A lawyer I coach told me he had heard a sales seminar where the presenter said “time management is a waste of time.”
The lawyer asked what I thought. Here is how I replied:
Interesting. I did a Google search and saw this article: How Managing Your Time Is a Waste of Time. I noted the writer said:
It’s the compulsive aspect I find problematic. Our national obsession with self-improvement and personal productivity bears remarkable similarities to the self-help genre and our endless pursuit of quick fixes, miracle cures and wonder pills.
I don’t view time management or pursuing excellence to be an “endless pursuit of quick fixes, miracle cures and wonder pills.” If anything it is the opposite of a quick fix.
Then I saw this article by a guy who said he used to think time management is a waste of time: How To Get More Done: Time Management For The Rest Of Us. He says:
I now rank everything that is important to me–both professionally and personally–on one piece of paper. They are the most important things I want to accomplish written done in list form.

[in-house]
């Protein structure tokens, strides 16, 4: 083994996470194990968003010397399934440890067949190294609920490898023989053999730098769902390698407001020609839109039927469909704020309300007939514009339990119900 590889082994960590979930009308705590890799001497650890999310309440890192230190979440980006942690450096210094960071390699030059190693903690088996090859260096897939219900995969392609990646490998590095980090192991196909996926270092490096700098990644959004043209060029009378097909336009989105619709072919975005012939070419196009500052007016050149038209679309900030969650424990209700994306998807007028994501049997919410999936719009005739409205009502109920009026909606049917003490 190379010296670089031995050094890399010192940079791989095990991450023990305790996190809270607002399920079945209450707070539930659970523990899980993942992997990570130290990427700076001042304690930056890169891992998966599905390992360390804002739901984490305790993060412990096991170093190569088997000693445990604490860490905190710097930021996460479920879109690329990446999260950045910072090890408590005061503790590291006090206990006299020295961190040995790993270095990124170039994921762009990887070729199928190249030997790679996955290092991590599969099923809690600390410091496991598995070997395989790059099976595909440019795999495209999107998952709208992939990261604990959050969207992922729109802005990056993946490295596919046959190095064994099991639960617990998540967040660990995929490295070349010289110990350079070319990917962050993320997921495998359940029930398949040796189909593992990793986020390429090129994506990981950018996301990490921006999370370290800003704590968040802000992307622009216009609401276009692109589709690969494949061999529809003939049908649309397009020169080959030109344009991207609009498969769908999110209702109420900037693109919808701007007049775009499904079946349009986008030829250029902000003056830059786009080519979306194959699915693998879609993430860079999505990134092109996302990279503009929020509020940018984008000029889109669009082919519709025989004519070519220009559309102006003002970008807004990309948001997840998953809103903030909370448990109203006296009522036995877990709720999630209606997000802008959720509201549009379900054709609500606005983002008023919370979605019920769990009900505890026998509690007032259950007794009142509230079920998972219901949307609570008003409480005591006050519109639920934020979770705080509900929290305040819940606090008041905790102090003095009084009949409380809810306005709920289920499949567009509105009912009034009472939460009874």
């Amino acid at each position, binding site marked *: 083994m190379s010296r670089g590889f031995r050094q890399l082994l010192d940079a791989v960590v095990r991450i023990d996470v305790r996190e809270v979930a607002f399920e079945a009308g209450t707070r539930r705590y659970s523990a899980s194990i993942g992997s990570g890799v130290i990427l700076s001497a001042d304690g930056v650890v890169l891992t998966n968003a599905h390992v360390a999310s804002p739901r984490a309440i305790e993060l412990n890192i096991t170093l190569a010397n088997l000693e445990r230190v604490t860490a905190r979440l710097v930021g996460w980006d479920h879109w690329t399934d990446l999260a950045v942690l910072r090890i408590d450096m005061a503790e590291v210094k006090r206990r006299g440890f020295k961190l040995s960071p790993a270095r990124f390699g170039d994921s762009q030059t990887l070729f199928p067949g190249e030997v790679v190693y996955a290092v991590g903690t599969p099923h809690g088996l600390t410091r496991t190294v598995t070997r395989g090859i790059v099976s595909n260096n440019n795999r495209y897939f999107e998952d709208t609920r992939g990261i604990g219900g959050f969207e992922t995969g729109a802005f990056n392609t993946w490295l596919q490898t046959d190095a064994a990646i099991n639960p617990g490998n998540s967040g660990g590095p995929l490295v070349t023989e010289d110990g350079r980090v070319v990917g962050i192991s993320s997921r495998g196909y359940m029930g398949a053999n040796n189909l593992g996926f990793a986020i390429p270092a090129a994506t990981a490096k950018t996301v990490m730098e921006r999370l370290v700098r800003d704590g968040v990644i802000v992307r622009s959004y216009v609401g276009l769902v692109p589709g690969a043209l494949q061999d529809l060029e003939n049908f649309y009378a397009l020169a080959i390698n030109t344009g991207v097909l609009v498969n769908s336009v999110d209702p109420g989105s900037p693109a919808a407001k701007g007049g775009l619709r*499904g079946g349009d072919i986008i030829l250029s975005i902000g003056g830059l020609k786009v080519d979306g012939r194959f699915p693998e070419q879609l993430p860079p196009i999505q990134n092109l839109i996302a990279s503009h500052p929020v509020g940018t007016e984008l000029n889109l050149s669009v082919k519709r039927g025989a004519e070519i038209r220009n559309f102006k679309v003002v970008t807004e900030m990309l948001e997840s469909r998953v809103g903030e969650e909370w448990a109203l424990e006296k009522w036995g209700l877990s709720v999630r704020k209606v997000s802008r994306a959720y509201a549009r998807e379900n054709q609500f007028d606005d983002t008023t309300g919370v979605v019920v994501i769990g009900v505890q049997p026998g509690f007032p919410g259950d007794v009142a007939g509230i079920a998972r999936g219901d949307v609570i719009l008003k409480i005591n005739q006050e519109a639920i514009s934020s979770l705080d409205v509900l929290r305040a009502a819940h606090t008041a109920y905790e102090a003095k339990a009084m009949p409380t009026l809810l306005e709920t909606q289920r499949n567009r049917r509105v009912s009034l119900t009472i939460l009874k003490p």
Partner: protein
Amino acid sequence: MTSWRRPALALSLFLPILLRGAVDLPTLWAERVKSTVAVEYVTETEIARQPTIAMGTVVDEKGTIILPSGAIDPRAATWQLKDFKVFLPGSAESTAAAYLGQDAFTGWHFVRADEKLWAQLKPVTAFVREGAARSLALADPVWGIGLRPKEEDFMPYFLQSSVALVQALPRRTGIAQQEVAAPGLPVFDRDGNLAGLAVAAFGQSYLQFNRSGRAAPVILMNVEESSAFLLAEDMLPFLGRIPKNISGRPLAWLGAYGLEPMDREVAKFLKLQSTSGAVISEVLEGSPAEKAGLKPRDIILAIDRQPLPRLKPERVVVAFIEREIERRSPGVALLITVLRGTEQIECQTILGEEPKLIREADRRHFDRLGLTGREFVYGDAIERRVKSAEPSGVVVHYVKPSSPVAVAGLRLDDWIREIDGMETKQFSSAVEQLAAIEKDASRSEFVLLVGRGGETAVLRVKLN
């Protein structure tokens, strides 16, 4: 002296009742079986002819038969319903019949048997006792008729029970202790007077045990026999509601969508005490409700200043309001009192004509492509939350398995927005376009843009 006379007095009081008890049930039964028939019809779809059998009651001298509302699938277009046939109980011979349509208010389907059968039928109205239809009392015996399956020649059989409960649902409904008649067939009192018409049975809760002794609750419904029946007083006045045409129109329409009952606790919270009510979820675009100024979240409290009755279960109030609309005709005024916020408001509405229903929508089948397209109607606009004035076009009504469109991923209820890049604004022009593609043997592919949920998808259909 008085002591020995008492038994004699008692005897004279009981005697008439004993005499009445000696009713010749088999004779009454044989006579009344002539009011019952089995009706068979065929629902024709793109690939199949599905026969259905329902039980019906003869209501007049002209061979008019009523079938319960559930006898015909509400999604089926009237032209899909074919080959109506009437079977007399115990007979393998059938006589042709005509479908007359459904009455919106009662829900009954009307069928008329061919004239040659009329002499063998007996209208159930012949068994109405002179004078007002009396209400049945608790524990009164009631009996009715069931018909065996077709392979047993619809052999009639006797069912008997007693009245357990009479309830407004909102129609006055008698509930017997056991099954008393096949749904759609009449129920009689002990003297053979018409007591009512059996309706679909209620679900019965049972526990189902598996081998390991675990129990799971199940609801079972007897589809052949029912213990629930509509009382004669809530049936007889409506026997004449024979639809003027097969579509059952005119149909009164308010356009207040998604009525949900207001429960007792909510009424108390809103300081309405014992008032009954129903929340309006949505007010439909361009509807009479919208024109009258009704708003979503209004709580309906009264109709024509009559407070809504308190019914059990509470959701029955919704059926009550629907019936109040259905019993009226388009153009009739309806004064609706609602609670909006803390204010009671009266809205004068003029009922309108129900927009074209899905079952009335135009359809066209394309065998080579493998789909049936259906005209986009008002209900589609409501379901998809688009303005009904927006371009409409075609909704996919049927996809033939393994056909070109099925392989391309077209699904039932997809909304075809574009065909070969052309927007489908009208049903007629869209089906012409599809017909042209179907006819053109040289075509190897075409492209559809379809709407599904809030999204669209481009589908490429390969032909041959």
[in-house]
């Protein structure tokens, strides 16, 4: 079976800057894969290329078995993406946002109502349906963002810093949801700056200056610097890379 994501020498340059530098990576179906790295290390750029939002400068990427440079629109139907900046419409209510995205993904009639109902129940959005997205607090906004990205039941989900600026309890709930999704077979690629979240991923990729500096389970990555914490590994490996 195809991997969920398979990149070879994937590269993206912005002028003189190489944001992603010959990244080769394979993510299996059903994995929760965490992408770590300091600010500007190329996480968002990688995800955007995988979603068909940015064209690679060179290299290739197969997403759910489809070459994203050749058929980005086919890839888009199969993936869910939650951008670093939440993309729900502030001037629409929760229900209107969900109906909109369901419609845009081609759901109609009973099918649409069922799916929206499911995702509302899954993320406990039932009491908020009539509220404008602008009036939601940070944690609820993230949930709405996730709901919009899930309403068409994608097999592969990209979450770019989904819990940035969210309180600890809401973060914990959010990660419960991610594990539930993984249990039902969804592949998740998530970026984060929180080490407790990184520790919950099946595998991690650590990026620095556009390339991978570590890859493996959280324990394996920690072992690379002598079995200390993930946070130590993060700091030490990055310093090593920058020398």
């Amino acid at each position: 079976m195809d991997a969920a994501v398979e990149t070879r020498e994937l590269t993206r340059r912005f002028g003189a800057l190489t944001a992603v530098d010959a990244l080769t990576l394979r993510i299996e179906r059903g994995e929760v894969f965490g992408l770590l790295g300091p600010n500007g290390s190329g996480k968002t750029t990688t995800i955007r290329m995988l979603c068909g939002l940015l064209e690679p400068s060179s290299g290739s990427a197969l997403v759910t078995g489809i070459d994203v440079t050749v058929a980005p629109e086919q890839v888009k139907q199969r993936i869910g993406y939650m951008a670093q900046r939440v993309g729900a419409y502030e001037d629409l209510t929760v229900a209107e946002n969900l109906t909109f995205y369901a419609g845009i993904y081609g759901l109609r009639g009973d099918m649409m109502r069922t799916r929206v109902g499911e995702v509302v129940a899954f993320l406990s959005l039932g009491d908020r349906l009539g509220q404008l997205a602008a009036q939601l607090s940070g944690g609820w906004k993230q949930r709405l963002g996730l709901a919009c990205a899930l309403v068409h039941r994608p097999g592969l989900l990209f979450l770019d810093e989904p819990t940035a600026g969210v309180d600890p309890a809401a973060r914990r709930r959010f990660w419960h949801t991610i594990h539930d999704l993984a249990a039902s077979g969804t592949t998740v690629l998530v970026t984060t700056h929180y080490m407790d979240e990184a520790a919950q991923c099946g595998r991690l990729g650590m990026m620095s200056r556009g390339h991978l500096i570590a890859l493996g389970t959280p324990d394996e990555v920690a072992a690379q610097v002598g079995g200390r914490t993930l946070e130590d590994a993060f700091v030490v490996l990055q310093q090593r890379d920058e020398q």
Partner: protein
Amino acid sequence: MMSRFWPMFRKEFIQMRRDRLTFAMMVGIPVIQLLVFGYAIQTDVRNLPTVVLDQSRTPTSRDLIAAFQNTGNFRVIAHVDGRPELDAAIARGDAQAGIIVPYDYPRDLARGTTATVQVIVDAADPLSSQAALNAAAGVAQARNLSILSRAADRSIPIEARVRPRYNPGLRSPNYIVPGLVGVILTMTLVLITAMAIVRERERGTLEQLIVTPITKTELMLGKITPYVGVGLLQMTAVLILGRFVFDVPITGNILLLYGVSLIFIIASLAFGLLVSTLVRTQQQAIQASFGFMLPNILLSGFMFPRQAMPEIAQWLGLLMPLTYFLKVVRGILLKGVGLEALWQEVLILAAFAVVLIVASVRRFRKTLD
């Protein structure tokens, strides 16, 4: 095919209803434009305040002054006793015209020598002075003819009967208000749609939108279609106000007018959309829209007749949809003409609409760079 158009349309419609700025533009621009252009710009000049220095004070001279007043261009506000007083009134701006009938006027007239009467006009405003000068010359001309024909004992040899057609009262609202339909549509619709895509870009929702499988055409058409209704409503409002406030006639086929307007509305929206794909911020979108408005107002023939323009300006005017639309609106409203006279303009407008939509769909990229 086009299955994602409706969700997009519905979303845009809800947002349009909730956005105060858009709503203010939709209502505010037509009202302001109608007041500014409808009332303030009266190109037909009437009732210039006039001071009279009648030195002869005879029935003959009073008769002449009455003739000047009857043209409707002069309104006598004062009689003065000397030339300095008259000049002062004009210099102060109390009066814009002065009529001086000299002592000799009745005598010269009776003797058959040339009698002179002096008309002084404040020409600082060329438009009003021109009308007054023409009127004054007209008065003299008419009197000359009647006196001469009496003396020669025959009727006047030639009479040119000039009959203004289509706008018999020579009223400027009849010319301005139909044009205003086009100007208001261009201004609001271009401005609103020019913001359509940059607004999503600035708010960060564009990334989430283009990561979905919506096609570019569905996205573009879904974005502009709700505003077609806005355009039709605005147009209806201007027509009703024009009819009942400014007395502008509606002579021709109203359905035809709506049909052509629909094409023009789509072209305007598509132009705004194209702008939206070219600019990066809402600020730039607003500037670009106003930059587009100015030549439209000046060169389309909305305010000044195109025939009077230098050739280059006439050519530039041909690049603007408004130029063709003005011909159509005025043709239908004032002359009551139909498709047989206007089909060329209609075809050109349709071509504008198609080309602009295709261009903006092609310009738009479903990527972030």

I personally feel I am better able to focus on my top priorities by doing what he suggests.
To me, saying time management is a waste of time is similar to saying creating a business plan is a waste of time. Some successful lawyers in my old firm told me they didn’t need a business plan. They kept their plan in their head. I suspect they did not want anyone able to judge whether they were doing what they put in their plan. I wondered how much better they might have done simply by thinking through a plan and putting it on paper. if they thought through a plan and used their non-billable time more wisely.
Time and energy are our two most important resources and I don’t think we can waste either.
One final point: I frequently hear from lawyers that they have been really, really busy and have not had the time to do client development. Unless they are in trial and spending 12 hours a day 7 days a week working on the trial, I don’t believe their lack of client development is because of a lack of time. Instead I believe it is because they don’t have a strong enough motivation to cause them to “make” time for client development.
What do you think?